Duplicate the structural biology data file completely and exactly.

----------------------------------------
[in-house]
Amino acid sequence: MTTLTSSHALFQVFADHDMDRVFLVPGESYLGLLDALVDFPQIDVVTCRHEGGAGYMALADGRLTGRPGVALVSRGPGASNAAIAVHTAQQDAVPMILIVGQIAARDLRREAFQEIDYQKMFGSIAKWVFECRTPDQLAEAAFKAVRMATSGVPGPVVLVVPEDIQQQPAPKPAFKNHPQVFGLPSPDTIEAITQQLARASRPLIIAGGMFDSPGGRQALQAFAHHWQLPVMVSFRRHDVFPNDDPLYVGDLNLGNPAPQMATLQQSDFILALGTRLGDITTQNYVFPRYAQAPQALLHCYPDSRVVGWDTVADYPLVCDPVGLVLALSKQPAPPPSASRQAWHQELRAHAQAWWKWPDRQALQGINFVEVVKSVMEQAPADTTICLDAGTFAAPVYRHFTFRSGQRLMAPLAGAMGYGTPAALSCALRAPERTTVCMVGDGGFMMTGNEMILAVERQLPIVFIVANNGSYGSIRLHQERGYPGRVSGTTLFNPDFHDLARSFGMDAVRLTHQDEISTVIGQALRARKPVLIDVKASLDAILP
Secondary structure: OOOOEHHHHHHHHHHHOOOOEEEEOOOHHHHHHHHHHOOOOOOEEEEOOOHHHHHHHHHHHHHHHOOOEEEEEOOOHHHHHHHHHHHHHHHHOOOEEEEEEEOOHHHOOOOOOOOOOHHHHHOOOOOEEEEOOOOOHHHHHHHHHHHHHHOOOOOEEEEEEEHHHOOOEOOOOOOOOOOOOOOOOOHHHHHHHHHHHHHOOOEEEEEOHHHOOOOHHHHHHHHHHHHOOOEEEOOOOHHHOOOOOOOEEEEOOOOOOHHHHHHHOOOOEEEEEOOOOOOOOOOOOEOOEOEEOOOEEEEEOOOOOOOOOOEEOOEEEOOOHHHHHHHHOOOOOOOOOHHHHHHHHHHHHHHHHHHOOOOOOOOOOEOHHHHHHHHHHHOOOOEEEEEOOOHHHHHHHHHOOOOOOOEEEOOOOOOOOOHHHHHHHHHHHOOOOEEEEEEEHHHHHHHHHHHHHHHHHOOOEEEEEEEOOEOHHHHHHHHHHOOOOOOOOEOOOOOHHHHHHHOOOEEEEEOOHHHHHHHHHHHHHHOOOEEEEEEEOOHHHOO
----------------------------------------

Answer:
[in-house]
Amino acid sequence: MTTLTSSHALFQVFADHDMDRVFLVPGESYLGLLDALVDFPQIDVVTCRHEGGAGYMALADGRLTGRPGVALVSRGPGASNAAIAVHTAQQDAVPMILIVGQIAARDLRREAFQEIDYQKMFGSIAKWVFECRTPDQLAEAAFKAVRMATSGVPGPVVLVVPEDIQQQPAPKPAFKNHPQVFGLPSPDTIEAITQQLARASRPLIIAGGMFDSPGGRQALQAFAHHWQLPVMVSFRRHDVFPNDDPLYVGDLNLGNPAPQMATLQQSDFILALGTRLGDITTQNYVFPRYAQAPQALLHCYPDSRVVGWDTVADYPLVCDPVGLVLALSKQPAPPPSASRQAWHQELRAHAQAWWKWPDRQALQGINFVEVVKSVMEQAPADTTICLDAGTFAAPVYRHFTFRSGQRLMAPLAGAMGYGTPAALSCALRAPERTTVCMVGDGGFMMTGNEMILAVERQLPIVFIVANNGSYGSIRLHQERGYPGRVSGTTLFNPDFHDLARSFGMDAVRLTHQDEISTVIGQALRARKPVLIDVKASLDAILP
Secondary structure: OOOOEHHHHHHHHHHHOOOOEEEEOOOHHHHHHHHHHOOOOOOEEEEOOOHHHHHHHHHHHHHHHOOOEEEEEOOOHHHHHHHHHHHHHHHHOOOEEEEEEEOOHHHOOOOOOOOOOHHHHHOOOOOEEEEOOOOOHHHHHHHHHHHHHHOOOOOEEEEEEEHHHOOOEOOOOOOOOOOOOOOOOOHHHHHHHHHHHHHOOOEEEEEOHHHOOOOHHHHHHHHHHHHOOOEEEOOOOHHHOOOOOOOEEEEOOOOOOHHHHHHHOOOOEEEEEOOOOOOOOOOOOEOOEOEEOOOEEEEEOOOOOOOOOOEEOOEEEOOOHHHHHHHHOOOOOOOOOHHHHHHHHHHHHHHHHHHOOOOOOOOOOEOHHHHHHHHHHHOOOOEEEEEOOOHHHHHHHHHOOOOOOOEEEOOOOOOOOOHHHHHHHHHHHOOOOEEEEEEEHHHHHHHHHHHHHHHHHOOOEEEEEEEOOEOHHHHHHHHHHOOOOOOOOEOOOOOHHHHHHHOOOEEEEEOOHHHHHHHHHHHHHHOOOEEEEEEEOOHHHOO